The same holds true for all matters of ruchniyus. Even a slight hiddur in a mitzvah can make a world of a difference. One small, indiscernible effort can be life-altering for an individual and his progeny for eternity. This idea can be found both in Tanach and in Chazal. Sheim and Yefes, the sons of Noach, both performed the same act of covering their father in his tent, yet one initiated the deed with the purest of intentions while the other was just a follower. Sheim merited that his progeny, the Bnei Yisroel, are the people amongst whom the holy Shechinah rests, while Yefes was blessed with mere eternal beauty whose descendants are the Greeks and Gog Umagog. What a difference.

Chazal derive halachos from an extra single word in the Torah. Rebbi Akiva drew forth mounds and mounds of halachos from every tip of the crowns of the letters of the Torah (Menachos 29b). Big things can come in small packages. Similarly, the deeds of people, although seemingly unremarkable, can teach us great lessons and have important ramifications for the future.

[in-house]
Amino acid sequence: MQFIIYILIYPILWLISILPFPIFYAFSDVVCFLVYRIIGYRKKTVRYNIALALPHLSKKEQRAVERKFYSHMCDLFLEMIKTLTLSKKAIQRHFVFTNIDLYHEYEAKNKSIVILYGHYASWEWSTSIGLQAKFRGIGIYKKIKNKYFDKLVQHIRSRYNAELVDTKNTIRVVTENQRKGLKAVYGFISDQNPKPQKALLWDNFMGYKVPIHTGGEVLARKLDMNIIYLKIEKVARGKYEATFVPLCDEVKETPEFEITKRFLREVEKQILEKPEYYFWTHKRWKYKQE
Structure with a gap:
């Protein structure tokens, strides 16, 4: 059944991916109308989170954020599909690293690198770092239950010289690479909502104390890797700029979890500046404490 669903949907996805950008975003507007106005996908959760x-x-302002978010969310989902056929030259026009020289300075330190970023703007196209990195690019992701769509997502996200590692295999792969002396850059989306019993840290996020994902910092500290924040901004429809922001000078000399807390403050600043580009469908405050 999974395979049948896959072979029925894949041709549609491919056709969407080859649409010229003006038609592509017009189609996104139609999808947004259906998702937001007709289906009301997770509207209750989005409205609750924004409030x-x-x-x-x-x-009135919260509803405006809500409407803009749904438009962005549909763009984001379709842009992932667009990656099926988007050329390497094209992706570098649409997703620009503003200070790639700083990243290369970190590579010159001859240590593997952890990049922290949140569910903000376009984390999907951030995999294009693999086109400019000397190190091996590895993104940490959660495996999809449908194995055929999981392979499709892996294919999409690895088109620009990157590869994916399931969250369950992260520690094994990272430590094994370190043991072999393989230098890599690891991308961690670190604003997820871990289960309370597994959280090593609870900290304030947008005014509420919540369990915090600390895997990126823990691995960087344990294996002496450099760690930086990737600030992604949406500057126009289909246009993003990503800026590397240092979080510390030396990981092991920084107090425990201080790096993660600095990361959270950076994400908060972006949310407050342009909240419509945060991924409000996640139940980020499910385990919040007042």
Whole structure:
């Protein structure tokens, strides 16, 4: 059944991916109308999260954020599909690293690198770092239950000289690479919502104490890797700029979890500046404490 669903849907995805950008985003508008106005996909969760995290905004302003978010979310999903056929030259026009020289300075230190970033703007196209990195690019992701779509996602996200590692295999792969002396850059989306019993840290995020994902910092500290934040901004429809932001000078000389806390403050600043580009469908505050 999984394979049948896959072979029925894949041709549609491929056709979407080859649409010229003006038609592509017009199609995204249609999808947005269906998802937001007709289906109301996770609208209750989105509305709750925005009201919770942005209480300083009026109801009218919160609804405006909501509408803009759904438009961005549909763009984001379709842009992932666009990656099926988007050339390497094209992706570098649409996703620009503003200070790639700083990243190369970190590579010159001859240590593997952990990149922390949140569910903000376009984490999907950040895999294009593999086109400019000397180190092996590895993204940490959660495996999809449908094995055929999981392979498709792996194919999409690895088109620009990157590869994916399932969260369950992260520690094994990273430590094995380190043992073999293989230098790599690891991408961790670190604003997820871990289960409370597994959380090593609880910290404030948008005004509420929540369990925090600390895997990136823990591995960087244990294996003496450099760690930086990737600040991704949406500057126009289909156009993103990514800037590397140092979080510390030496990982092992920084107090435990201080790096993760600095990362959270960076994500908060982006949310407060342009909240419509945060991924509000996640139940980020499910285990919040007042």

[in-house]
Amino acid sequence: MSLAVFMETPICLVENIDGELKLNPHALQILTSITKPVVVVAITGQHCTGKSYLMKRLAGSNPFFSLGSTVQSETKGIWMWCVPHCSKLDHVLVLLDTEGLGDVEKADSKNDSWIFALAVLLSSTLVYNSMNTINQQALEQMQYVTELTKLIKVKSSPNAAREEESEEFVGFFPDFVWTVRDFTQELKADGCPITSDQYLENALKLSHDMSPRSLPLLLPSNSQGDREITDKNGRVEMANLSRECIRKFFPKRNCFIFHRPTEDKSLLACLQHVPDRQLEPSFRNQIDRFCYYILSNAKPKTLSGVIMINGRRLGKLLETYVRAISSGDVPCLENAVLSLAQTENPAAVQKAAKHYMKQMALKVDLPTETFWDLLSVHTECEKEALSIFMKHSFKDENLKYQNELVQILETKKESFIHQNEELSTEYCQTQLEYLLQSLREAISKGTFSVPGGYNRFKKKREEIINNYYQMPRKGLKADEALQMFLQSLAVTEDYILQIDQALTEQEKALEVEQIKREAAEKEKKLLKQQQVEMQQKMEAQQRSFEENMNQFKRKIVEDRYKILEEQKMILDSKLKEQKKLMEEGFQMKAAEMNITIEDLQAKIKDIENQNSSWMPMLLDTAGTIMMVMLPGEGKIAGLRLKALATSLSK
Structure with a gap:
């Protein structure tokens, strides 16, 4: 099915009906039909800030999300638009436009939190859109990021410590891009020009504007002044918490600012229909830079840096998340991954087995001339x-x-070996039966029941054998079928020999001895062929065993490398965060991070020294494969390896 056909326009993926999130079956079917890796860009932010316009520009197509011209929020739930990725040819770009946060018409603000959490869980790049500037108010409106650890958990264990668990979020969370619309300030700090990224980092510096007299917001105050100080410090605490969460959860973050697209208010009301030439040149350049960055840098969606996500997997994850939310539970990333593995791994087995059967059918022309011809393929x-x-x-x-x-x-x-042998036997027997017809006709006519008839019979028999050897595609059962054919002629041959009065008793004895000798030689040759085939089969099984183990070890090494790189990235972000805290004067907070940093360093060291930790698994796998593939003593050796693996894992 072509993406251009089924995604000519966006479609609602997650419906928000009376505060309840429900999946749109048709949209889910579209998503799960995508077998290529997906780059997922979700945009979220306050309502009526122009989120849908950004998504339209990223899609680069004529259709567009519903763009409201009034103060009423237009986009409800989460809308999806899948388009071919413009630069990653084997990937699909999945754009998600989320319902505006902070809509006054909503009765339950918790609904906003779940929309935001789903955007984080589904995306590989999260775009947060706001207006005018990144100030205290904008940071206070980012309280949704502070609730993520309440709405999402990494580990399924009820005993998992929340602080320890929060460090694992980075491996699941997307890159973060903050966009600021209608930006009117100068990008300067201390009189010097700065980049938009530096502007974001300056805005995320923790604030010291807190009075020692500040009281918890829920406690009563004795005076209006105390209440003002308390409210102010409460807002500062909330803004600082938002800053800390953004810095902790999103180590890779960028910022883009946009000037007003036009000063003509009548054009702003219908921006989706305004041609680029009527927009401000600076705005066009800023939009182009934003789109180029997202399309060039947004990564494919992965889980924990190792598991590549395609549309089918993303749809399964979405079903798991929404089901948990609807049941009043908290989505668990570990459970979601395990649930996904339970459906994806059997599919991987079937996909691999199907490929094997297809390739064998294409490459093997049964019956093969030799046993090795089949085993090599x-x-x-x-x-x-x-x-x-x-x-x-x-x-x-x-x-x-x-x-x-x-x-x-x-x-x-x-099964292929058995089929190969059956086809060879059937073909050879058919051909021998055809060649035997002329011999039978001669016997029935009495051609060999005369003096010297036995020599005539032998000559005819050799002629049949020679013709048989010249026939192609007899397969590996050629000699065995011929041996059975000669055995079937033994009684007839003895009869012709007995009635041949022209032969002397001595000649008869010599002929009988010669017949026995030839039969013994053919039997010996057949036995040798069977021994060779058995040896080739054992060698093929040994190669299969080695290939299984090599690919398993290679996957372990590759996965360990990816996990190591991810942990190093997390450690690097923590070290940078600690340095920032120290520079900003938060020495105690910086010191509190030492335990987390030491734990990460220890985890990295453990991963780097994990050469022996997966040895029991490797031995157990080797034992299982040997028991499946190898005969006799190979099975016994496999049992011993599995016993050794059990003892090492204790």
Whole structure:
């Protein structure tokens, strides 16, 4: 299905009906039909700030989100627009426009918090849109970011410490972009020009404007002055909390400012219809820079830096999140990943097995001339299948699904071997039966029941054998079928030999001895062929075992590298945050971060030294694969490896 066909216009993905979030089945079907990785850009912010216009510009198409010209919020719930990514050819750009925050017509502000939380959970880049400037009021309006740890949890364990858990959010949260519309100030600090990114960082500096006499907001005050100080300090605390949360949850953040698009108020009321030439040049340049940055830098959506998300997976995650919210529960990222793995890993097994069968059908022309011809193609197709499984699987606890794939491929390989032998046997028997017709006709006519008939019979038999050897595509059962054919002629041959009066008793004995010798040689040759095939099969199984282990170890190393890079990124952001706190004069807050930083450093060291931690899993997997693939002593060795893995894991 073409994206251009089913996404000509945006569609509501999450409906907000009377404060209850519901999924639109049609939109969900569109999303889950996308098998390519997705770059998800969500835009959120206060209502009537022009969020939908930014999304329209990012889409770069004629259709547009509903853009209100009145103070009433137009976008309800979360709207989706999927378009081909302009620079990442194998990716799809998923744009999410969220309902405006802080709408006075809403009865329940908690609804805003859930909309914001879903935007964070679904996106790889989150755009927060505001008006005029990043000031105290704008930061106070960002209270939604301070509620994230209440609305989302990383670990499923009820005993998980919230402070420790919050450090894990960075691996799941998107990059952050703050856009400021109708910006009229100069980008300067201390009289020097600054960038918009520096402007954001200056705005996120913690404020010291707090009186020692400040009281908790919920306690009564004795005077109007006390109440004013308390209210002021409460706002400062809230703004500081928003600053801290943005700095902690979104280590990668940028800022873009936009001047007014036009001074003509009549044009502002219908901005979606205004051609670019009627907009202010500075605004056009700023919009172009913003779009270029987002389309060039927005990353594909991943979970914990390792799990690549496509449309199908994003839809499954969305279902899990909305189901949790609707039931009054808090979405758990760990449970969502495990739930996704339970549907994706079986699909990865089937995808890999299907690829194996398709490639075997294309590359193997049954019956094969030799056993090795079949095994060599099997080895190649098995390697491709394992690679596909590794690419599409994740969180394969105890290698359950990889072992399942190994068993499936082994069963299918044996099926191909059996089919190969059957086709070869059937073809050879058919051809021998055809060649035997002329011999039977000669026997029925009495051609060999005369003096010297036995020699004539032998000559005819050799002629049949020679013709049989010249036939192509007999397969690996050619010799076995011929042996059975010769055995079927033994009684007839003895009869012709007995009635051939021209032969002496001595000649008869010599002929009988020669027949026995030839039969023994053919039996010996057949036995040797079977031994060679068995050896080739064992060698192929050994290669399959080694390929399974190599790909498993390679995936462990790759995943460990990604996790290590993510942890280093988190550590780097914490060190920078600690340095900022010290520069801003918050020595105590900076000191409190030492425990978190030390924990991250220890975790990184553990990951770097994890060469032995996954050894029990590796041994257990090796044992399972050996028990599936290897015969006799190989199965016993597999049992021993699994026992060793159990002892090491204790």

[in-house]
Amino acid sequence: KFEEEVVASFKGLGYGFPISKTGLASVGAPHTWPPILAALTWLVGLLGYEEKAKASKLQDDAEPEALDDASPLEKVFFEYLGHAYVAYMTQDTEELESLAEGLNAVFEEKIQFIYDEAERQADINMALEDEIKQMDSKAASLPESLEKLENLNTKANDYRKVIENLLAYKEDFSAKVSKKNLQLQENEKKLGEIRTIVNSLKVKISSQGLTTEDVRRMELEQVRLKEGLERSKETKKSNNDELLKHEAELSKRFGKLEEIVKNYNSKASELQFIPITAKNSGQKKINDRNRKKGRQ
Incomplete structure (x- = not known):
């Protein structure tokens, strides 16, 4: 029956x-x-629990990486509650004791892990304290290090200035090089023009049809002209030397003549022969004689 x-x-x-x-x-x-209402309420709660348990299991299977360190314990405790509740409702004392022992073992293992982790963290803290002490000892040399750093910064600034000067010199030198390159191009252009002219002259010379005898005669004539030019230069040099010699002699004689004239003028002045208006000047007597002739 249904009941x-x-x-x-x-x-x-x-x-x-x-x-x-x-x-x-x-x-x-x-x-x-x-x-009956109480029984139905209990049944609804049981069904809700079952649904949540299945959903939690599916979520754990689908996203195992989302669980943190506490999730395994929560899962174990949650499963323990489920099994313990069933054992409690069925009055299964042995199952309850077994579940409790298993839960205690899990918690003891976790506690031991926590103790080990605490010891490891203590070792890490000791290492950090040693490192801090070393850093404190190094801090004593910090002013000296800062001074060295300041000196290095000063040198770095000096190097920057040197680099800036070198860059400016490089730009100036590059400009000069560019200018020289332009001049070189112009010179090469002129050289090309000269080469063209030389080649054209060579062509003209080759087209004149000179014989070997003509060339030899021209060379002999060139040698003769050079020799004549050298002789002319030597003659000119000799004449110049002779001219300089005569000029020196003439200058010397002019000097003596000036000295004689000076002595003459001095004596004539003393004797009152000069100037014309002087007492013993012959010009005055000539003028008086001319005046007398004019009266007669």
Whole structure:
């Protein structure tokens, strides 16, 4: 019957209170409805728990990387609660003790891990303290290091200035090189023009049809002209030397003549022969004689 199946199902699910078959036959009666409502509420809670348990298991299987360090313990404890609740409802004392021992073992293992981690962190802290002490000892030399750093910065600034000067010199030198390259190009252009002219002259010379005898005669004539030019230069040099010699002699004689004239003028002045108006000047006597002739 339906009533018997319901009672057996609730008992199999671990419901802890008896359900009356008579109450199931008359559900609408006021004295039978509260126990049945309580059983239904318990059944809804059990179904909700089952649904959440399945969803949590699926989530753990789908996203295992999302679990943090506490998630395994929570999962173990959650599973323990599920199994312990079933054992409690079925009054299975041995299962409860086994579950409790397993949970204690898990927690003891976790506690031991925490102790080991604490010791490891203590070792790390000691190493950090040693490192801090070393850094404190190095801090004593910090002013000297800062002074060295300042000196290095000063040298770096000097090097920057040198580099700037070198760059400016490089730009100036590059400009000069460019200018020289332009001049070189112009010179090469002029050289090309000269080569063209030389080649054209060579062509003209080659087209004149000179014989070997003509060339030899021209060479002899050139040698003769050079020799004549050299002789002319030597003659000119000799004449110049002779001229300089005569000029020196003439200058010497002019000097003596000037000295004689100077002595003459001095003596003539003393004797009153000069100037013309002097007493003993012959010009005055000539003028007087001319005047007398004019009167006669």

The Medrash (Rus Rabbah 5:6) tells us that had Reuvein known when he suggested that Yosef be thrown into a pit that Hashem would write about him in the Torah, “And Reuvein heard and he rescued him from their hands” (Bereishis 37:21), he would have carried Yosef on his shoulders and brought him to his father. Had Aharon known that Hashem would write about him, “Behold he is going out to meet you” (Shemos 4:14), he would have gone out with drums and dances. And if Boaz would have known that Hashem would write about him, “And he handed her (Rus) parched grain and she ate and she was satisfied, and she had some left over” (Rus 2:14), he would have served her fattened calves.